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Developing a Care Plan for Women Who Have Difficulty Breastfeeding

written by: Sherrell Icon • edited by: BStone • updated: 11/30/2010

There are many factors that prevent mothers from adequately breastfeeding. These problems include diet, poor sleeping patterns, stress, and breastfeeding infrequency. Find some help in setting up a plan for ineffective breastfeeding.

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    Breast feeding is the best method for feeding your newborn. It is viewed as the healthiest sustenance for babies and can be used to strengthen the bond between mother and child. When done properly, breastfeeding is truly a rewarding experience. However, there are many factors that prevent mothers from breastfeeding. In such instances, it is necessary to develop a nursing care plan for ineffective breastfeeding.

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    Causes of Ineffective Breastfeeding

    Many mothers get discouraged or feel as if they are doing something wrong or that they just can't breastfeed. This is not the case. Many factors play into ineffective breast feeding.

    According to Janet Talmadge's article, Maintaining Your Milk Supply, diet, poor sleeping patterns, stress, and breastfeeding infrequency, are all factors that negatively affect sleeping patterns. All of the previous mentioned problems can cause milk production to slow or even completely stop. Even if the milk completely dries up, there are things one can do to rejuvenate and increase milk supply.

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    Remedies for Ineffective Breastfeeding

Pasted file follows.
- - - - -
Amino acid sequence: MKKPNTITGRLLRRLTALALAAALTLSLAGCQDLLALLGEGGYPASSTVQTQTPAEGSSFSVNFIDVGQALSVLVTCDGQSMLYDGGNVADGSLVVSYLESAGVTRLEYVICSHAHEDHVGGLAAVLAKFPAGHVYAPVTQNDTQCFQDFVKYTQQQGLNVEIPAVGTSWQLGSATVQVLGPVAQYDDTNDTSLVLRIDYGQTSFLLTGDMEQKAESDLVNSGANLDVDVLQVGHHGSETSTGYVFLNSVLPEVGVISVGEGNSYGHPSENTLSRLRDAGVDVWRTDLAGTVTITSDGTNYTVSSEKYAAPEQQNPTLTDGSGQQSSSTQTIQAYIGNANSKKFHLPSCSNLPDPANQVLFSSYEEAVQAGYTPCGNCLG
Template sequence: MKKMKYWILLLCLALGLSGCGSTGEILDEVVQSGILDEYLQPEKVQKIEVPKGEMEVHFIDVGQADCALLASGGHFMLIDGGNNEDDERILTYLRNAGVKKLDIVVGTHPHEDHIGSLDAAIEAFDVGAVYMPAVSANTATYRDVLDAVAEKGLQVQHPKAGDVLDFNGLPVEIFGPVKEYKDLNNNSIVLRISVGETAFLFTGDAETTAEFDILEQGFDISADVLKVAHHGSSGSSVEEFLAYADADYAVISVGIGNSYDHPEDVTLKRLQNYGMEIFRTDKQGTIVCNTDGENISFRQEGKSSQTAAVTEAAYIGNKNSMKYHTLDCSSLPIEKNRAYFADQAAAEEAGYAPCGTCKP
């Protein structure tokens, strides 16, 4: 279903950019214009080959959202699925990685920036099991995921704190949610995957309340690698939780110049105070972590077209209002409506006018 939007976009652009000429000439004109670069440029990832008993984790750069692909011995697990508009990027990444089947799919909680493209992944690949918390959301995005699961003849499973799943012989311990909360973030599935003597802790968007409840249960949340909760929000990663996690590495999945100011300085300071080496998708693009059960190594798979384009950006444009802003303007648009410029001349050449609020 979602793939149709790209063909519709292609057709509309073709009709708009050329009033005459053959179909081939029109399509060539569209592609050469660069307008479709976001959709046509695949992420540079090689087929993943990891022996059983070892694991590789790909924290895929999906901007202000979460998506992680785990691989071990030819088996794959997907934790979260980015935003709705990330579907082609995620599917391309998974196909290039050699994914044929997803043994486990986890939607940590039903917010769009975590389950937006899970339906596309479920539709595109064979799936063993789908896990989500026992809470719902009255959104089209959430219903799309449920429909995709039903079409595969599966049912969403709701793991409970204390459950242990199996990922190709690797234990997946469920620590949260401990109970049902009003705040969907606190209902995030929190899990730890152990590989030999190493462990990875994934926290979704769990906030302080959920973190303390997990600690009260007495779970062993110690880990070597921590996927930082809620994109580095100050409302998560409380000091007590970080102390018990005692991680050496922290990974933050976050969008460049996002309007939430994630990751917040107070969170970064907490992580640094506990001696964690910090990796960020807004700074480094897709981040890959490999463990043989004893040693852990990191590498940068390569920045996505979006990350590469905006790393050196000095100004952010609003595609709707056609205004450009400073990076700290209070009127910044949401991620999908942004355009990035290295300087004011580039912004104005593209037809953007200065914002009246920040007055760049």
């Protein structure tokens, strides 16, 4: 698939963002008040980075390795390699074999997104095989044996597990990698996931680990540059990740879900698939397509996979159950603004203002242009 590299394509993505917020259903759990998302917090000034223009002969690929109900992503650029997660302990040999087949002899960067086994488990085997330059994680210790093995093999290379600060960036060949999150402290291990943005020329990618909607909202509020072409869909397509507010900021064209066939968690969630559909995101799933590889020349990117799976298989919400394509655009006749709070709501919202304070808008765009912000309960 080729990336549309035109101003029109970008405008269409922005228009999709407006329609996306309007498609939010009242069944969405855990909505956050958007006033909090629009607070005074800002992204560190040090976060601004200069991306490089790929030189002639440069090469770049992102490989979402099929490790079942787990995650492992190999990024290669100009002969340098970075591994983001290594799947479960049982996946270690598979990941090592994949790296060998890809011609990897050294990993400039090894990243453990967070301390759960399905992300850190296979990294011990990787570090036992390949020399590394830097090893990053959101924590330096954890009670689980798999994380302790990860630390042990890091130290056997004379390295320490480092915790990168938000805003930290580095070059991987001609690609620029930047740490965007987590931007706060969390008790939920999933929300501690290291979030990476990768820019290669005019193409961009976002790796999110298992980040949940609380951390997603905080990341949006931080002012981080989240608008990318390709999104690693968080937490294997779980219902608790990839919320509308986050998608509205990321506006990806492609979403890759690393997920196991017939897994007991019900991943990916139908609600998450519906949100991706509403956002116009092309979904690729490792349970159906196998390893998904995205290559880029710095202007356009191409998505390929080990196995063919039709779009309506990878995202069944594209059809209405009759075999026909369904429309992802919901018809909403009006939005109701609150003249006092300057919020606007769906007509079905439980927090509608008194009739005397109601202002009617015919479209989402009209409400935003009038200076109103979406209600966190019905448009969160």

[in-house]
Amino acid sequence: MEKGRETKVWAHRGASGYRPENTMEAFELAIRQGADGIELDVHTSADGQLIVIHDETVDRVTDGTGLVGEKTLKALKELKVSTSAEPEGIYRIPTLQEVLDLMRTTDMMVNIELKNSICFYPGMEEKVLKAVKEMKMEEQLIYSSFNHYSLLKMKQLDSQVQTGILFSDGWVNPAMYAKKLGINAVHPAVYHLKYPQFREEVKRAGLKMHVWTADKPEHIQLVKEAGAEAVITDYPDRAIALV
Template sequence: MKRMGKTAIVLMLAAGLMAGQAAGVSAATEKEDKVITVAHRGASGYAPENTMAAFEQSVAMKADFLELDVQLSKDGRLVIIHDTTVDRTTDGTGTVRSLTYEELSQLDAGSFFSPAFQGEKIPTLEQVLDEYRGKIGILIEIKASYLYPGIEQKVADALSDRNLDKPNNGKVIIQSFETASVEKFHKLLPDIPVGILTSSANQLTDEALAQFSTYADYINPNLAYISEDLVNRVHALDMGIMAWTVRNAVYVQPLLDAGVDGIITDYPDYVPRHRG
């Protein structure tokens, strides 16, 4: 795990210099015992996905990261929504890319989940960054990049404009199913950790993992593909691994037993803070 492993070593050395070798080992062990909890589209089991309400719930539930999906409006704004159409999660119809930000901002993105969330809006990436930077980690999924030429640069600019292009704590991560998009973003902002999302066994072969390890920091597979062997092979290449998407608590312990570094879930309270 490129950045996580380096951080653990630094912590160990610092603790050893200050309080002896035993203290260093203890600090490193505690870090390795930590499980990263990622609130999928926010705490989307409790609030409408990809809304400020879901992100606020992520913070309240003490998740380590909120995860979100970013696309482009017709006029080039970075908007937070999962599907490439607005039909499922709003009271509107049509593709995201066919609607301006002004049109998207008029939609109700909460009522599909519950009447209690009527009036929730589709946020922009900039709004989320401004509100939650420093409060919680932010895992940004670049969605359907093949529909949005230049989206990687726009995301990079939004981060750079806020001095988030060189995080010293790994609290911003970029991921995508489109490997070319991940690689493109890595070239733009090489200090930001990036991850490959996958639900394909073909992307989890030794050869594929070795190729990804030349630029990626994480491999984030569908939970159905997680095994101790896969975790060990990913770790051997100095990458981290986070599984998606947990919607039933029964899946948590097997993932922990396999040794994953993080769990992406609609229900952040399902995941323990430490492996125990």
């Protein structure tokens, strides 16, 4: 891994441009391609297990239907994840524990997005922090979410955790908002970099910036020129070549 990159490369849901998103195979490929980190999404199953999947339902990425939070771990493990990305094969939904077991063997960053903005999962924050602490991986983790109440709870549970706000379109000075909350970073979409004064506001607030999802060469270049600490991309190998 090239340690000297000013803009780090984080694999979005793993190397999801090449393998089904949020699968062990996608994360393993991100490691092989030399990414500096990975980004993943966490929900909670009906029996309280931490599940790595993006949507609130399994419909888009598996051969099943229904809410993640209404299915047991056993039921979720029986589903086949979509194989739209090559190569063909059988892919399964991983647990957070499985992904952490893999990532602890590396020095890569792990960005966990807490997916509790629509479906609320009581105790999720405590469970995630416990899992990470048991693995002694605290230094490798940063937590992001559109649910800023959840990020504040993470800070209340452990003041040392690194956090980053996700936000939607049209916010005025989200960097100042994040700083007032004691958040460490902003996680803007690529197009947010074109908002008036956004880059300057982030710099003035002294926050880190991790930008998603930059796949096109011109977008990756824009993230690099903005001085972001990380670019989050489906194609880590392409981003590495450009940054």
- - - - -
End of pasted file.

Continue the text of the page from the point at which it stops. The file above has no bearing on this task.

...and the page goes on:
Nurse frequently. As babies get older, it is normal for them to sleep longer throughout the night. However, Talmadge says that smaller and more frequent feedings are ideal for the baby, as they prevent him from spitting up. Frequent feedings are expected because milk is completely digested and out of the baby's system in two hours. Also, it is ideal for the mother because she is better able to maintain an adequate milk supply.Nurse as long as your baby will nurse. Do not cut the feedings short.

    Avoid pacifiers and bottles when possible, although this may be harder to do if you have to return to work. Infants can get "nipple confusion" if introduced to bottles and pacifiers too soon. Mothers should allow sucking needs to be satisfied at the breast. As the baby becomes older there is less of a concern for this.

    Insure hydration. Dehydration is a factor in decreasing milk supply. You should always have a tall glass of water handy when pumping or nursing a baby. A good rule of thumb is, if your are frequently thirsty it is the body's way of saying you are not drinking enough water. Also, avoid drinking caffeine. According to Tara Gidus's Myth and Fact of Increasing Breast Milk Supply, caffeine is proven to stimulate milk supply. However, it also stimulates the baby. This causes fussiness and can upset the baby's stomach.

    Increase calorie intake. Gidus writes in her article Nursing Nutrition "Most women need about 350-400 extra calories for the first six months and 400-500 extra calories for the second six months." Also, empty calories should not be counted as eating. It is good to eat a well balanced and nutritious diet of fruits, vegetables, and whole grains. 1,800 to 2,000 calories of quality calories a day is ideal for nursing mothers.

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    The Plan Dosn't Work

    If all else fails supplements may be needed. Breastfeeding Basics states that the most common are fenugreek, red raspberry and Blessed. Additionally there are prescription medications that can be taken to quickly increase milk supply such as Metoclopramide (Reglan).

    One thing to remember is that every mother is different. Some mothers breast feed for twelve months, and some do it for twelve weeks. The most important thing to keep in mind is that you can't base your experience off of other mothers. If tried and you find that breastfeeding is not for you, you have every right to stop and do what you feel is best for yourself and your child.

    Disclaimer: The information contained in this article is for educational purposes only and should not be used for diagnosis or to guide treatment without the opinion of a health professional. Any reader who is concerned about his or her health should contact a doctor for advice.

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    Sources

    Lactation Innovation: Maintaining Your Milk Supply

    Breastfeeding Basics: Increasing Your Milk Supply